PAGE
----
Did You Give SQL Server 2012 Standard Edition Enough Memory?

Who needs disk when you have memory?

Who needs disk when you have memory?

It’s a bummer that SQL Server 2012 Standard Edition only allows you 64GB of memory. And it’s good news that the limit goes up to 128GB of memory in SQL Server 2014.

But are you getting as much memory as you can out of Standard Edition?

Check out Microsoft KB 2663912:

Starting with SQL Server 2012, these memory limits are enforced only for the database cache (buffer pool). The rest of the caches in the SQL Server memory manager can use much more memory than is specified by these edition limits. …. Other caches (such as the procedure cache, the metadata cache, and so on) can consume memory up to the size specified by the “max server memory” configuration.

This means that if you’re using Standard Edition of SQL Server 2012 or higher, you should be setting your max server memory higher than the “limit” — because you can use more than you might think!

So if I need to design a VM for a SQL Server that has 300 GB of data and is using SQL Server 2012 Standard Edition with its 64GB limit for data cache, to get the biggest benefit of memory for my licensing dollar I would want something like:

  • 96GB of memory for the VM
  • SQL Server “max server memory (MB)” set at 88064 (86GB)

Different workloads will use different amounts of memory in non-buffer pool caches — and not all workloads  need 64GB of data cache, of course. But for those that do, don’t think “max server memory (MB)” is the cap on all your memory — for SQL Server 2012 and higher, it’s the cap for your buffer pool.

Thanks to Bob Ward , who mentioned this in a recent talk at SQL Intersection. (And I suspect he’s the one behind this great KB.)

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24 Comments. Leave new

  • Hey, I’m sorry but I cannot follow your sample 🙂
    300 GB vs 96 GB vs 86 GB ?

    • Can you be more specific about which number is confusing? I tried to be as clear as possible in the article, so I’m just not sure how to answer without essentially reposting the article in a comment, and if the article is confusing then that probably wouldn’t help much! If you can ask a more specific question then that might help me out.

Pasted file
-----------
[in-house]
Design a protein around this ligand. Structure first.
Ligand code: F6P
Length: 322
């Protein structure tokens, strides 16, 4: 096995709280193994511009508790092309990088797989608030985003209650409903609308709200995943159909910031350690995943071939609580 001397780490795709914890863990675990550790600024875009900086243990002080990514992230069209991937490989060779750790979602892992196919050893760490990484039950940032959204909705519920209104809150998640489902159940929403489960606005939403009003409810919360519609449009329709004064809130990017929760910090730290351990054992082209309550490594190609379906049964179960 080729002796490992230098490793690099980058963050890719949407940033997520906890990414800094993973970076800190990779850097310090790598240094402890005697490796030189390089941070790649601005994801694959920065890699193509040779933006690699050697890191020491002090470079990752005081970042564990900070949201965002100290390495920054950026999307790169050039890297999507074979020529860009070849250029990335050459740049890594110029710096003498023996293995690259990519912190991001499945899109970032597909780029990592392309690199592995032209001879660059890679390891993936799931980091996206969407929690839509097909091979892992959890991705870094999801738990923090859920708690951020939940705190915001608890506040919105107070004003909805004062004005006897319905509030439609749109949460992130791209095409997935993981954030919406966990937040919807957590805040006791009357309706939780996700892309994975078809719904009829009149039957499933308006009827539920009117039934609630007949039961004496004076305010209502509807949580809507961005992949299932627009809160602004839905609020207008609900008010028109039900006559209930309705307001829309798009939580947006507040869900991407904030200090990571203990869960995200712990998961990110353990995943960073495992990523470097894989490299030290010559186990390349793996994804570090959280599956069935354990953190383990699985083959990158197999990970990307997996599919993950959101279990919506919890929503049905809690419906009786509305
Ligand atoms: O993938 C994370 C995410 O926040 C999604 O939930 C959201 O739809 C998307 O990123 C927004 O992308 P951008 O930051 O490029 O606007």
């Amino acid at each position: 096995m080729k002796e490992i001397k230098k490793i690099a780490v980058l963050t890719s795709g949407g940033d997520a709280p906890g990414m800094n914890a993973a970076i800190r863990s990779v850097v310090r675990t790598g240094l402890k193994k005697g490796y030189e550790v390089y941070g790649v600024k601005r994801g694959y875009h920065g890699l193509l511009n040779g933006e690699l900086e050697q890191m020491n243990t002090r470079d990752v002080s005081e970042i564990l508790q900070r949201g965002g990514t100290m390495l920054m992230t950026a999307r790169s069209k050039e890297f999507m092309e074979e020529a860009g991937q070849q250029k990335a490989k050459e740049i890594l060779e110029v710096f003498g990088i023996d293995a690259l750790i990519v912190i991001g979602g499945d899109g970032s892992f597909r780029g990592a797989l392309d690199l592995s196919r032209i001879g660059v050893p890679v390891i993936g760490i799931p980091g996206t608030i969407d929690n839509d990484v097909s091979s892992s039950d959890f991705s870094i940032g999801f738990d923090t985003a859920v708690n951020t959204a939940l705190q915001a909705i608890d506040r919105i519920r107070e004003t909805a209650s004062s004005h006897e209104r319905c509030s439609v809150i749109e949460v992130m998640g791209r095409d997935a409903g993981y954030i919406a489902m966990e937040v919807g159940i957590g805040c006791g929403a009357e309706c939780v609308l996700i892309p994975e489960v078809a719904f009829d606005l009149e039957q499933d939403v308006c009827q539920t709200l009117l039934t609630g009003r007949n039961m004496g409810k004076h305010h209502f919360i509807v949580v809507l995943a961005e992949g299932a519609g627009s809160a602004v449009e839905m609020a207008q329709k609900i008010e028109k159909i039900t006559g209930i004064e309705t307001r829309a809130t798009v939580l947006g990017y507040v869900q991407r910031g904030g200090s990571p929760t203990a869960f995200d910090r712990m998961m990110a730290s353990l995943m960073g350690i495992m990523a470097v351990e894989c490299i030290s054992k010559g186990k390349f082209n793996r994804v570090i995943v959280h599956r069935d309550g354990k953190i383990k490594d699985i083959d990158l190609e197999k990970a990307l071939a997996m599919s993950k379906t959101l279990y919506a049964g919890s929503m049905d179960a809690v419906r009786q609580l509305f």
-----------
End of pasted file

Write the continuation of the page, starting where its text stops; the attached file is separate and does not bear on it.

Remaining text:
• I think he wants to know how you got the 96GB and 86GB from having 300GB of data.

        • Sorry, didn’t get to the next message before I posted. I looked for a response to you, not to him.

    • The 300 is just a semi arbitrary ballpark estimate for a fairly large size database to still be using Standard edition. 86GB is the limit for the data that standard edition can cache. Therefore if you set your max server memory setting to 96GB SQL Server can actually use all 86 for caching data and still have 10GB to play with for plan cache and other items it needs memory for. Hope that clears things up for you homie.

  • Kendra, I think that he might be asking how you came up with the numbers 96GB of memory for the VM
    SQL Server “max server memory (MB)” set at 88064 (86GB) for a SQL Server with 300 GB of data and using SQL Server 2012 Standard Edition with its 64GB limit for data cache. Is there a specific proportion or formula that you use when you are designing a VM in order to come up with these numbers? (Norbert, please correct me if I misunderstood you, but I was curious myself).

    • Oooh, thanks, got it!

      If I need 64GB for data cache, how much do I need for everything outside this, such as procedure cache, metadata cache, etc? Procedure cache alone can be fairly substantial on some systems. Query workspace memory grants can also consume a lot of memory.

      These things absolutely vary widely by usage, I just put together an example of “if I had to guess for a SQL Server where memory was important to performance, these would be some general numbers.”

  • Yeah Pamela, you are right … why exactly that sizes ?

    • Got it. I think I answered it above. The 300GB for data is just “a number well above 64GB, because we need something for an example.”

  • This is awesome, and I have a server I can implement this on.

  • So the point is that it’s more than 64 GB, am I right?

  • What should I specify for Max Memory if my SQL Server box only has 64GB on it? I don’t want to specify Max Memory above what the box has on it, do I? My databases on that box are in the hundreds of GB, as well. Thanks!

    • We typically recommend leaving 10% or 4GB of memory free for the operating system (whichever is larger) to start with if the box is dedicated to the SQL Server engine. So if only 64GB of Windows, you’d set max server memory at 57GB in that case.

  • Doesn’t the server os version also come into play. Doesn’t Win 2008 R2 std have a memory max of 32 GB. There is mention of this in the KB.

  • I always thought max server setting was related to the buffer pool solely and nothing else. So if I increase it how can SQL use the additional memory towards the procedure cache since I thought that was managed outside of this setting.

    • Max server memory is NOT just the buffer pool. There’s a table in the KB I link to that spells out what is governed by max server memory for different versions of SQL Server — check out http://support2.microsoft.com/kb/2663912/

      Execution plans could be either Single-page allocations or Multi-page allocations for larger plans, so note that prior to SQL Server 2012, it’s complicated.

  • Hi, coming a little late into this but we’ve got 256Gb available so following the comments above should lead me to think that we set our max mem for the VM to 250Gb and set max mem for SQL to 240Gb for instance?
    Would i see a benefit with these settings?

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